THIS IS WHAT I LEARNED FROM YOU ABOUT STEWARDSHIP So far I have met with 11 of our 12 clusters at the events about Financial Stewardship. In attendance were both lay and clergy; about 60 people in all. The events were designed to offer the current wisdom in stewardship, and resources that are available to you. Please check the synod website for the 6 page handout that was distributed. The discussion was rich and for almost everyone it was the first time that they had discussed stewardship at a cluster gathering. Here is what I learned from those who attended: • Many people have become good stewards because they witnessed their parents’ generosity towards the church, and in some cases it was quite a sacrifice. • There were some beautiful stories of joyful giving. Cheerful givers are inspiring. • Stewardship is a sensitive issue and many churches are not strong in this area. • Most Pastors are not comfortable talking about financial stewardship because they are afraid it sounds self serving. Those pastors who focus on the giver and on the mission of the church do well in stewardship education. Pastors need support and encouragement as stewardship leaders. They have had little education in it. A few Pastors stand out in their innovative approaches. • Many are using the Make It Simple program available at www.elca.org/stewardship • Some churches have their Annual Congregational meeting in November and so it would be helpful to hold stewardship education events in May next year. • Asking a person directly to pledge or to increase their giving is a step that many have never taken. We practiced asking. We need to be able to talk about the mission of the church and pray before asking people to give generously. “Know your product”. • Most churches separate their Financial Stewardship program from Time and Talents. • Asking non-members to contribute to a ministry such as a Food Pantry was a new idea. One church that does so has advertised in the paper, uses Pay Pal, and reminds us not to commingle funds with the church finances. • One-to-one phone calls and visits to share the mission of the church and to ask for support works well: by the Pastor and lay people. • People respond to incentives and a plan: “If every family gave $50 then we could…” • Thank people for their giving - take time to acknowledge their gifts. Find someone in the church to be aware of people who are giving – especially visitors. Build relationships with those who give generously; take them to lunch and thank them. • Quarterly statements and thanks to members help them keep track of their giving. • There was considerable conversation about the amazing benefits of “first fruits” giving. One church is proud to declare itself to be a First Fruits Congregation • Lay people have not received enough communication about the need for Mission Support to the Synod and Church-wide. They do not know about the work of the Synod and the hardship that is being faced right now due to the great loss of giving. • “Stewardship is everything I do after I say ‘I believe’” was a favorite quoted.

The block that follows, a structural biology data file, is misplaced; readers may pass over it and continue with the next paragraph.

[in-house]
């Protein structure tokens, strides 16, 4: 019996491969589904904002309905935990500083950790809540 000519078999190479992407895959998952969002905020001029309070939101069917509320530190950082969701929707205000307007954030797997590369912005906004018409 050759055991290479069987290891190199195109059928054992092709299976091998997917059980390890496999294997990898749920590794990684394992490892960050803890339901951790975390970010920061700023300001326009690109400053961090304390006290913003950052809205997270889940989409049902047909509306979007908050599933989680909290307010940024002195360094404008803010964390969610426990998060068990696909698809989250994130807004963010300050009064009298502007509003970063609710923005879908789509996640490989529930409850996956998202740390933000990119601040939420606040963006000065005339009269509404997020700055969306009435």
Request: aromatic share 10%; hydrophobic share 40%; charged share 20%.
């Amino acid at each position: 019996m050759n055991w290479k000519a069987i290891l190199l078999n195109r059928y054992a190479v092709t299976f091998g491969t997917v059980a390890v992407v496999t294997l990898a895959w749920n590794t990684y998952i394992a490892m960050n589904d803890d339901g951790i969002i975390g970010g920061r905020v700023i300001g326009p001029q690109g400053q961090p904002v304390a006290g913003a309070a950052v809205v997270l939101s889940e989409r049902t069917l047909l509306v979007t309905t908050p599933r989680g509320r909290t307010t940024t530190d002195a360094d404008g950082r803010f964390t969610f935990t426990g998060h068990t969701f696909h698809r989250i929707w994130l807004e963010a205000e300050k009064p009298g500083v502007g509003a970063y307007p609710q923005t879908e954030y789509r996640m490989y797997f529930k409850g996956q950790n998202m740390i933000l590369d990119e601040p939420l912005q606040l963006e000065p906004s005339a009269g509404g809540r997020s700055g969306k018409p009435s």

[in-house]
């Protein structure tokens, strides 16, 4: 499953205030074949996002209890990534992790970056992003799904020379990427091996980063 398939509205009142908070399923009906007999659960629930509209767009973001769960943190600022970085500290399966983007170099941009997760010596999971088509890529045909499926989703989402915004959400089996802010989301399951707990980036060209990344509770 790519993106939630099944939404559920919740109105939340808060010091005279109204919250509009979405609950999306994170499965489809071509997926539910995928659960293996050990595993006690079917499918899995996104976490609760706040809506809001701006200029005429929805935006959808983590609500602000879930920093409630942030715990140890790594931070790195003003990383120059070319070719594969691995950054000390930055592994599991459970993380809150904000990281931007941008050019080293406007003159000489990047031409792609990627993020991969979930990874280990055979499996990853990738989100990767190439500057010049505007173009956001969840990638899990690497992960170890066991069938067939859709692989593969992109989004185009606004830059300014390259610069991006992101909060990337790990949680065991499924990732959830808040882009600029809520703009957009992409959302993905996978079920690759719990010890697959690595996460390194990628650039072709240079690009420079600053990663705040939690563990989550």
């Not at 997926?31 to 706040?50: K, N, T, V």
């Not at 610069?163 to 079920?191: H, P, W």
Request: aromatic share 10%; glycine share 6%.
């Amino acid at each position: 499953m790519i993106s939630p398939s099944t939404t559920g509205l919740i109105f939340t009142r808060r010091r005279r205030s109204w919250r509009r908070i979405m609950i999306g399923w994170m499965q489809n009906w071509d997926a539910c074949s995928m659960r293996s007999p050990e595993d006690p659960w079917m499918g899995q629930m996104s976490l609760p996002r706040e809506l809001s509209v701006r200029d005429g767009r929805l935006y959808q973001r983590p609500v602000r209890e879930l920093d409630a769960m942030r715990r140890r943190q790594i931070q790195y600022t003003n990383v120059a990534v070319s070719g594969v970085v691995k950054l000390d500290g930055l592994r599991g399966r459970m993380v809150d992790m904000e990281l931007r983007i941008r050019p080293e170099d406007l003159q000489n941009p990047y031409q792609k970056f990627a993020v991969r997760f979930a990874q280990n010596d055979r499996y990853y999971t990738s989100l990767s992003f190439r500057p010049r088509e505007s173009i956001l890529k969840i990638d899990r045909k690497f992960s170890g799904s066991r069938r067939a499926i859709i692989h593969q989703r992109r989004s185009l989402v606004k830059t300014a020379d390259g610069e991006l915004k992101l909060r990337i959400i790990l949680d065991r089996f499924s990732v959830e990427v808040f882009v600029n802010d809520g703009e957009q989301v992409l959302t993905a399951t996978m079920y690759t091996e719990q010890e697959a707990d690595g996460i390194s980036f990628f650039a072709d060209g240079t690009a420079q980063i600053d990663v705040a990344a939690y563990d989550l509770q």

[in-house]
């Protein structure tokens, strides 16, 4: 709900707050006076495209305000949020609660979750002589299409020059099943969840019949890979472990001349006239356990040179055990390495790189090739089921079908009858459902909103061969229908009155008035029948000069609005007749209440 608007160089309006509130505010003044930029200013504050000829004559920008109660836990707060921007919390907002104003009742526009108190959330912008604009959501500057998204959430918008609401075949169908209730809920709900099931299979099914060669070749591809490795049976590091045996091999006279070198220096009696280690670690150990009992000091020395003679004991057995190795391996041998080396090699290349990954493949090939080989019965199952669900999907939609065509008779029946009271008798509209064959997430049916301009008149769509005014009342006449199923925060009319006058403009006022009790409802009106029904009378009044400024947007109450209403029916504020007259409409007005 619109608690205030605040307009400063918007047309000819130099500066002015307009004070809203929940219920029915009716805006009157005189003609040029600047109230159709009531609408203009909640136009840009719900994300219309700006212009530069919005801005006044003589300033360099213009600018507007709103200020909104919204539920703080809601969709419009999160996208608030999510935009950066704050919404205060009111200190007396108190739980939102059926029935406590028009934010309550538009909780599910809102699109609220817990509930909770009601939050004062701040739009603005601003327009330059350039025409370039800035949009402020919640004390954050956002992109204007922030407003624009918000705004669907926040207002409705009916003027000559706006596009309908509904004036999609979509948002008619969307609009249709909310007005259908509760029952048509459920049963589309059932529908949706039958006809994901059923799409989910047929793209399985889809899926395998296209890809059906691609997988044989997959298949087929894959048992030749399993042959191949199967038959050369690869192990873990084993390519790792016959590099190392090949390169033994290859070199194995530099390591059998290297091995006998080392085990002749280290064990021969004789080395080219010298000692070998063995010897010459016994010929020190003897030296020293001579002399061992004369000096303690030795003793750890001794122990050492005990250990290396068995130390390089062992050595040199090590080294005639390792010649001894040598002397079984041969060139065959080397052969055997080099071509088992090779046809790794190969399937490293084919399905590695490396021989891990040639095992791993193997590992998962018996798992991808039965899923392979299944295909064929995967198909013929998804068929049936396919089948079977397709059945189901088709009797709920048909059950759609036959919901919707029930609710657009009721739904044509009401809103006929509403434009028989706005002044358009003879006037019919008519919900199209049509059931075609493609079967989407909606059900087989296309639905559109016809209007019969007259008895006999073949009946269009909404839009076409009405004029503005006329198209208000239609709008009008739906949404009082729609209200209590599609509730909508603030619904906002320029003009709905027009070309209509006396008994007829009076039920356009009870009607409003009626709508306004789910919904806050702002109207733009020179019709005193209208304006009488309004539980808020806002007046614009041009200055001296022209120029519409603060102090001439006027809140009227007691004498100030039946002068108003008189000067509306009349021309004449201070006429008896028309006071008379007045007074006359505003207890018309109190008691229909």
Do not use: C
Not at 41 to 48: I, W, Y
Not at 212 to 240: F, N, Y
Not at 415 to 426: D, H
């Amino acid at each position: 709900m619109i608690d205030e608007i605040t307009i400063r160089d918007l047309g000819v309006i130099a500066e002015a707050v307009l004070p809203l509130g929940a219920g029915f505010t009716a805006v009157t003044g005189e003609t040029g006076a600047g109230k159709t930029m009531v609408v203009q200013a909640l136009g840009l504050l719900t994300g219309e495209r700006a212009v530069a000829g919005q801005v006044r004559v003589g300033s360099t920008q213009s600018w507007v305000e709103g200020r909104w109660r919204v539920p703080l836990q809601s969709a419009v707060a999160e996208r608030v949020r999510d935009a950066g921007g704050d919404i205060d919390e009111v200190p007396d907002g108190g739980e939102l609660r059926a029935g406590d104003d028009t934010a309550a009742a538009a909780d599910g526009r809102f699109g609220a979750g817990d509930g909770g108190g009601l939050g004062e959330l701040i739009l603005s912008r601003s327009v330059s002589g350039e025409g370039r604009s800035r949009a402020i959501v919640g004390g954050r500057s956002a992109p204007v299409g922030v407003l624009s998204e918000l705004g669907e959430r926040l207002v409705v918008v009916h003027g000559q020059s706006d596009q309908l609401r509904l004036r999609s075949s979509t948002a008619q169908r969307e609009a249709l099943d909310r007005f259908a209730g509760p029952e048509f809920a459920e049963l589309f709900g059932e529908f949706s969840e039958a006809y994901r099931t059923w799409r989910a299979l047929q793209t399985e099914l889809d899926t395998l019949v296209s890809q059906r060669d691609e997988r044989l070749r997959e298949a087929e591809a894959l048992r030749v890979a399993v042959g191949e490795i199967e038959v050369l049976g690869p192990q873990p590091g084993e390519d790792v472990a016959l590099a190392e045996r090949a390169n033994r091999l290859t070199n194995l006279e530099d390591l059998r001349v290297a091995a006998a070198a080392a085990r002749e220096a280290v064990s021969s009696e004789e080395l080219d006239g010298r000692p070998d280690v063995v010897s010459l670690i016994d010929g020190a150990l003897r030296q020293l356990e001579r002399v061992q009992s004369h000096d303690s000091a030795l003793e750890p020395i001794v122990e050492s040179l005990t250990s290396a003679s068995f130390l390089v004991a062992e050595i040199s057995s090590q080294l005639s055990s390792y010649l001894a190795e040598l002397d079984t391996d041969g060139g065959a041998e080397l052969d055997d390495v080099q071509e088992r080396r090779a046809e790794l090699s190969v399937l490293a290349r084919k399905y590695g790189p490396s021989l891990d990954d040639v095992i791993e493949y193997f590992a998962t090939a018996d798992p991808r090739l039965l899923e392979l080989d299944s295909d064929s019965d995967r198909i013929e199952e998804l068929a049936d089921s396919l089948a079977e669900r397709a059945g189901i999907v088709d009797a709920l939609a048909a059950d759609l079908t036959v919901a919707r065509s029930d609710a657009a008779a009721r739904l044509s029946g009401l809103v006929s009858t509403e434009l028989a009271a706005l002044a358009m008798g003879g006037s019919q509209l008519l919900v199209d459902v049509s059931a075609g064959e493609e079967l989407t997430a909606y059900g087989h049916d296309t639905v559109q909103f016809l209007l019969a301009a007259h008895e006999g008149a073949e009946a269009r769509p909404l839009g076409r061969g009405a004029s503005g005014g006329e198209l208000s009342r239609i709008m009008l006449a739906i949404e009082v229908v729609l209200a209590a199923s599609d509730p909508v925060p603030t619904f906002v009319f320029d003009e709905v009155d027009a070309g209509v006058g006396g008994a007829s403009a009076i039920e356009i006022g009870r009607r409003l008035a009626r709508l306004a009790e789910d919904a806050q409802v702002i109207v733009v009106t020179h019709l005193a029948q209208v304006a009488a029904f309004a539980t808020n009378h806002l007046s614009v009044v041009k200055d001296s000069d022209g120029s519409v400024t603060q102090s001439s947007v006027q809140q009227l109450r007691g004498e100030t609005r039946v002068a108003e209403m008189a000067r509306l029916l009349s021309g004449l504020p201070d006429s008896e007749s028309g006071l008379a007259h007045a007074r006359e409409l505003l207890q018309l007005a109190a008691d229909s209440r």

Several people expressed interest in ongoing conversation about stewardship. Let me know if you or anyone else is interested in being part of these “Tables”. I look forward to finding out about your financial stewardship emphasis over the coming months.